His Bible, which sat on his desk in Congress and in the governor’s mansion, is described as dog-eared with underlines and margin notes on every page. Pieces of scripture are woven throughout his speeches.

Immediately after becoming governor, Pence initiated a weekly Bible study at the governor’s mansion, Montgomery writes. One of the first things Pence did after becoming vice president was start a Wednesday morning Bible study group for Cabinet members.

Praying for Chris Christie

After the Pences got off the phone with Trump when he’d offered Pence a spot on the ticket, and even before telling their children the news, they prayed for Chris Christie, Newt Gingrich and others who had wanted that call.

In most gubernatorial staff meetings, which began with a prayer, Pence would reference scripture that he had been reading. But while Ellspermann said that “it was very clear to everyone that Mike was guided by a Higher Being,” she also said he “captured a level that if you were not a devout Christian, you were not offended by it.”

And Ellspermann told Montgomery she was not bothered by Pence’s practice of not being alone with a woman to avoid even an appearance of impropriety.  During most meetings they had, Pence’s office door was left open. On a rare occasion, it would be closed if the topic was sensitive.

“It was a non-event,” Ellspermann said. “I am a feminist. If it had gotten in the way, I’d have been the first one to let him know it was a problem, but it really just was not.”

However, former congressional aide Ryan Reger said making sure that Pence could adhere to his rule “was hard to do.”

“But it showed you how much he valued his marriage that he would put those kinds of safeguards up,” he told Montgomery.

Avoiding temptations

Pence also gave his wife veto power over his congressional schedule, in part to make sure he wasn’t gone too many nights from home.

And Ralph Reed, chairman of the Faith and Freedom Coalition, recounted that when Pence offered a job on his congressional staff to someone married with children who was living in another state, Pence said it was mandatory that the man’s family move with him to Washington. Reed said Pence didn’t want the aide exposing himself unnecessarily to a place of numerous temptations.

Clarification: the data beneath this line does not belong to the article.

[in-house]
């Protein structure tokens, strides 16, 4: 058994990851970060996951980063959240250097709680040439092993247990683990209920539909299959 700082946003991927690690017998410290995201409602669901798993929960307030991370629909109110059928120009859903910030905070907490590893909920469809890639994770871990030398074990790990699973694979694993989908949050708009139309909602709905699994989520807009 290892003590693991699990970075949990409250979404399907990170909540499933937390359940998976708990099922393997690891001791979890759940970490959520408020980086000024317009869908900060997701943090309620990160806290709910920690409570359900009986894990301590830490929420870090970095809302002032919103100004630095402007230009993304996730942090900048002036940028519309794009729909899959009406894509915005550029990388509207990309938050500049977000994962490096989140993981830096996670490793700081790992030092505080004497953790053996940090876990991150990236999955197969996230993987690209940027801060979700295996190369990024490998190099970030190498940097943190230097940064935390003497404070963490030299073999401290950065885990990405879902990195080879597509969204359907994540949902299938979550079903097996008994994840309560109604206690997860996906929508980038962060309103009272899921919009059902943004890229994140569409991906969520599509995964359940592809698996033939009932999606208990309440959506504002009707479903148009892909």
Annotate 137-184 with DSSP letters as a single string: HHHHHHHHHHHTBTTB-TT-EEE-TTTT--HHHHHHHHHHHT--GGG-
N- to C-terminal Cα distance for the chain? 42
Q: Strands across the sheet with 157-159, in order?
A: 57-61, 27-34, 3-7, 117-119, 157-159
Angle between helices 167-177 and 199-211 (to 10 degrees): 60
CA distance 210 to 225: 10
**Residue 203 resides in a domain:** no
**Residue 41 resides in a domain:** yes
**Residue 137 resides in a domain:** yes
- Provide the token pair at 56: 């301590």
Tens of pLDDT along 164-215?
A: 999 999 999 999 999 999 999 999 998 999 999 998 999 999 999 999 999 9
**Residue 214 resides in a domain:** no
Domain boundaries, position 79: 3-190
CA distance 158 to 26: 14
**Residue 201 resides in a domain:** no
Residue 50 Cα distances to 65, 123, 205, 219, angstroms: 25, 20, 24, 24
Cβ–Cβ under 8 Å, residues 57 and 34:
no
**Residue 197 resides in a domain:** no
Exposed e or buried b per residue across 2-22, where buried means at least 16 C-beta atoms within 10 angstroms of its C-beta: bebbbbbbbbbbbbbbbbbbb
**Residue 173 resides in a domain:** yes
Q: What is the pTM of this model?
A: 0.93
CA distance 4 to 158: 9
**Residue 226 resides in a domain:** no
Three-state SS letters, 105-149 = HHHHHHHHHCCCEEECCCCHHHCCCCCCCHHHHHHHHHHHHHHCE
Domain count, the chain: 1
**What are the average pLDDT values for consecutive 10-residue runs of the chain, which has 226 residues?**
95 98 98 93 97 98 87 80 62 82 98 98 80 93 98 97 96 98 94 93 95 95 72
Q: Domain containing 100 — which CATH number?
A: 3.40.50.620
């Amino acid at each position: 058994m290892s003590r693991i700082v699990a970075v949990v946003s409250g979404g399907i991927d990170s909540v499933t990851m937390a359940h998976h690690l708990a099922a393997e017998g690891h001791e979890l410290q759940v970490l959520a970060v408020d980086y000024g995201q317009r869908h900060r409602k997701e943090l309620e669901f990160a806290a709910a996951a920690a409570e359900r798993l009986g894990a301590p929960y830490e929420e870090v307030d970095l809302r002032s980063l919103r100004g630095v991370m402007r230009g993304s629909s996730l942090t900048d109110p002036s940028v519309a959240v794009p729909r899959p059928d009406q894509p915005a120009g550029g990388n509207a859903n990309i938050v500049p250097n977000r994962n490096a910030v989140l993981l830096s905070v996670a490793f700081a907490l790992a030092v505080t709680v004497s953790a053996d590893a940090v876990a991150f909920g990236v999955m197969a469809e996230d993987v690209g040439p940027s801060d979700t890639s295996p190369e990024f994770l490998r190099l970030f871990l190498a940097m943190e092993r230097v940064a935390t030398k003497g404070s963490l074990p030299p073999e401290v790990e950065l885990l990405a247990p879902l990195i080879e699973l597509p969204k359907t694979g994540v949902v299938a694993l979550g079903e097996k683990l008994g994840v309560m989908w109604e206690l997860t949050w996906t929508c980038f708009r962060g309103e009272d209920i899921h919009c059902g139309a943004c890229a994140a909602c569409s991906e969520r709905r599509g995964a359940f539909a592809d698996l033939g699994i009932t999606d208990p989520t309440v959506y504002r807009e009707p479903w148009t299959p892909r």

Reed, who said Trump wouldn’t have won 81% of the white evangelical vote without Pence, said Pence helped narrow Trump’s list of potential Supreme Court nominees to three. And then Pence came up with what Reed called the brilliant idea of settling on one. Each of the final candidates were asked who they would pick if it wasn’t going to be them, Reed said. The two other than Neil Gorsuch picked Gorsuch.

The Supreme Court opening was one reason Trump persuaded many Christian conservatives he was a better choice than Hillary Clinton. But that choice was tested.

Why Pence stuck with Trump

Pence’s decision to stick with Trump after the release of the Access Hollywood video was “a pivotal moment and basically signaled to Republicans that we should stay on board the Trump ticket,” said former Rep. David McIntosh.

“Mike could have decided to walk away from it,” McIntosh told Montgomery. “They would have lost, but he’d kept his reputation intact. And he and Karen obviously felt called to stay there and continue to serve Trump.”

Before Pence was sworn in, he received a personal blessing from James Dobson, founder of Focus on the Family, at a private prayer service for a small group of friends and family.

“The Scriptures teach us that wisdom is being able to perceive things from God’s point of view,” Dobson said.

That’s what Pence has said he’s always tried to do since putting his life in God’s hands as a young man.

In a 2006 C-SPAN interview, Pence said he reads the Bible to discern what God wants “as opposed to getting up every day and deciding what I want to do.”

“For me and my house,” Pence said, “we serve the Lord.”